Education in Thailand is provided mainly by the Thai government through the Ministry of Education from pre-school to senior high school. A free basic education of twelve years is guaranteed by the constitution, and a minimum of nine years' school attendance is mandatory.
Formal education consists of at least twelve years of basic education, and higher education. Basic education is divided into six years of primary education and six years of secondary education, the latter being further divided into three years of lower- and upper-secondary levels. Kindergarten levels of pre-primary education, also part of the basic education level, span 2–3 years depending on the locale, and are variably provided. Non-formal education is also supported by the state. Independent schools contribute significantly to the general education infrastructure.
Administration and control of public and private universities are carried out by the Ministry of University Affairs.
The school structure is divided into four key stages: the first three years in elementary school, Prathom 1 - 3, are for age groups 6 to 8, the second level, Prathom 4 through 6 are for age groups 9 to 11, the third level, Matthayom 1 - 3, is for age groups 12 to 14. The upper secondary level of schooling consists of Matthayom 4 - 6, for age groups 15 to 17 and is divided into academic and vocational streams. There are also academic upper secondary schools, vocational upper secondary schools and comprehensive schools offering both academic and vocational tracks. Students who choose the academic stream usually intend to enter a university. Vocational schools offer programs that prepare students for employment or further studies.
Admission to an upper secondary school is through an entrance exam. On the completion of each level, students need to pass the NET (National Educational Test) to graduate. Children are required only to attend six years of elementary school and at least the first three years of high school. Those who graduate from the sixth year of high school are candidates for two decisive tests: O-NET (Ordinary National Educational Test) and A-NET (Advanced National Educational Test).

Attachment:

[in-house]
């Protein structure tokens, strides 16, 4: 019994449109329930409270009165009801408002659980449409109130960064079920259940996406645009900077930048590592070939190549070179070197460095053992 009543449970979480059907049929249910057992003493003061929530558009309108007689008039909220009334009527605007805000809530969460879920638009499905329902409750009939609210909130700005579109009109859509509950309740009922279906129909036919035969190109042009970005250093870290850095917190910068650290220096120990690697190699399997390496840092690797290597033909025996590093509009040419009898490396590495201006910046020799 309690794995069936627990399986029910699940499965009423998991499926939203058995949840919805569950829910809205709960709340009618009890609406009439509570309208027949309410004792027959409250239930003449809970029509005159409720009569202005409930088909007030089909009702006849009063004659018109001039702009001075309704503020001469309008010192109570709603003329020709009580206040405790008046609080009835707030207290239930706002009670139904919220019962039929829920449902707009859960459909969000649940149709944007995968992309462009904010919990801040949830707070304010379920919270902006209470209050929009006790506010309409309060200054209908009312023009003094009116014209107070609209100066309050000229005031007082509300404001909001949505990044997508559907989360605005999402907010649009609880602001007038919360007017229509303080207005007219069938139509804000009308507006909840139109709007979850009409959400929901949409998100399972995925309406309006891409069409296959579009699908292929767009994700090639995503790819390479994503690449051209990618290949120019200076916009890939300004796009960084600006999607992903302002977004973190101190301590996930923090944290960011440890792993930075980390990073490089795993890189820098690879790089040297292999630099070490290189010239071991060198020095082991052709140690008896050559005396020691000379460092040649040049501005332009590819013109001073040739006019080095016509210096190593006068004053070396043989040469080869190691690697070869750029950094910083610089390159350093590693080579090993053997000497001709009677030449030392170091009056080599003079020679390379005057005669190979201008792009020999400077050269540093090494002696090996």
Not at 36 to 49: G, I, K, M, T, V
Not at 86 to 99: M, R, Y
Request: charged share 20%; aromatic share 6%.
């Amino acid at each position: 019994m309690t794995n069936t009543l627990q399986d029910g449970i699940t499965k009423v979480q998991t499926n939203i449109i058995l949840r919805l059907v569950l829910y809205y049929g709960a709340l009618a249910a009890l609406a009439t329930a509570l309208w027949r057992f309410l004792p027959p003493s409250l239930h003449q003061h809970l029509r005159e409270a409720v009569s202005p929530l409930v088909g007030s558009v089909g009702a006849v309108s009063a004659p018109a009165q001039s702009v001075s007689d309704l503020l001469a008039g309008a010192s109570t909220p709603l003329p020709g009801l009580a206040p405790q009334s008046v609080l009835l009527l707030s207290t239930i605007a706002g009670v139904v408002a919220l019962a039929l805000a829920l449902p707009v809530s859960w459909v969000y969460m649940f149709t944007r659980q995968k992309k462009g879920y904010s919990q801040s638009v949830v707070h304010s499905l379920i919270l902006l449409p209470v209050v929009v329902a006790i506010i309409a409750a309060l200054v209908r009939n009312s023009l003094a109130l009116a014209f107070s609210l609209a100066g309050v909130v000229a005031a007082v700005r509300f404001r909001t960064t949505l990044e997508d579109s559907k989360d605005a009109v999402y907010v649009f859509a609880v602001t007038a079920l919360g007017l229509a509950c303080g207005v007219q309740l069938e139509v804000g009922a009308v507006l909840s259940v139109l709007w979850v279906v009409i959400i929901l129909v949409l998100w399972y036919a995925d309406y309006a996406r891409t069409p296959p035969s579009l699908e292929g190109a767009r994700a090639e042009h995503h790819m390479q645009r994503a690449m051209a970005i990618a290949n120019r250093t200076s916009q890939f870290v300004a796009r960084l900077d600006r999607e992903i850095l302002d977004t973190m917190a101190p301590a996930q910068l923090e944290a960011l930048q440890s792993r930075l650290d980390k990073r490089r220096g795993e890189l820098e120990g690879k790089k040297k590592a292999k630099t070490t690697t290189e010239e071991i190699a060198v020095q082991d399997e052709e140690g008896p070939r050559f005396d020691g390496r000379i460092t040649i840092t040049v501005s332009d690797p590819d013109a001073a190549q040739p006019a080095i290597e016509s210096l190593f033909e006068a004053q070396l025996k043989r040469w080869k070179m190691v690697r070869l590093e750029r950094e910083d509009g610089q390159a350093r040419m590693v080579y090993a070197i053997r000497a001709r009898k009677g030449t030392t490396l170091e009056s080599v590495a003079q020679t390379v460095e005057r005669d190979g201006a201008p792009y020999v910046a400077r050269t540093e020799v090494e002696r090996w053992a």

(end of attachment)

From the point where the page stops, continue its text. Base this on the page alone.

Public schools are administered by the government, and the private sector comprises schools run for profit and fee-paying non-profit schools which are often run by charitable organizations - especially by Catholic diocesan and religious orders that operate over 300 large primary/secondary schools throughout the country.. Village and sub-district schools usually provide pre-school kindergarten (anuban) and elementary classes, while in the district towns, schools will serve their areas with comprehensive schools with all the classes from kindergarten to age 14, and separate secondary schools for ages 11 through 17.
Due to budgetary limitations, rural schools are generally less well equipped than the schools in the cities and the standard of instruction, particularly for the English language, is much lower, and many high school students will commute 60 - 80 kilometers to schools in the nearest city.
The school year in Thailand is divided into two semesters, and for primary and secondary schools generally runs from the middle of May to March, and from June to March for higher education. It has a two or three week break between the two terms in September. The long summer break coincides with the hottest part of the year and Songkran, the traditional Thai New Year celebrations. Schools enjoy all public and Buddhist religious holidays and Christian and international schools usually close for the Christmas-New Year break.
Uniforms are compulsory for all students with very few variations from the standard model throughout the public and private school systems, including colleges and universities.
The dress code in primary and secondary grades for boys comprises knee-length dark blue, khaki, or black shorts with a pale white open collar short-sleeved shirt, long socks and brown or black trainers. Female students, wear a knee-length dark blue or black skirt, and a pale white blouse with a loosely hanging bow tie. The bow tie is dropped in favor of an open-necked pale blue shirt from Matthayom 4.
The girls' uniform is complemented by white ankle socks and dark blue or black sandals. The student's name, number, and name of the school are often embroidered on the blouse or shirt. Some independent or international schools have uniforms more closely resembling British school uniform standards, and boys in senior high school grades may be allowed to wear long trousers. The standard dress for children in kindergarten is a red skirt and white blouse for girls, and red short trousers and a white shirt for boys. In all Thai schools, one day per week, usually Thursday, is dedicated to scouting, when beige scout uniforms for boys and dark green guide uniforms are the rule, both wearing yellow neckerchiefs. Many schools have some color variations of the scout uniform such as blue uniforms with blue neckerchiefs for girl scouts at Wattana Wittaya Academy.
University uniforms are standard throughout the country, and comprise a white blouse and plain or pleated skirt for the females, and long black trousers, a white long sleeved shirt with a dark blue or black tie for the males.
Staff: As in all branches of the civil service at lower grades, teachers and staff in government schools wear a military style uniform. The female teachers and administrators of independent schools may be required to wear discrete, attractive uniforms, while staff in universities generally wears standard business attire.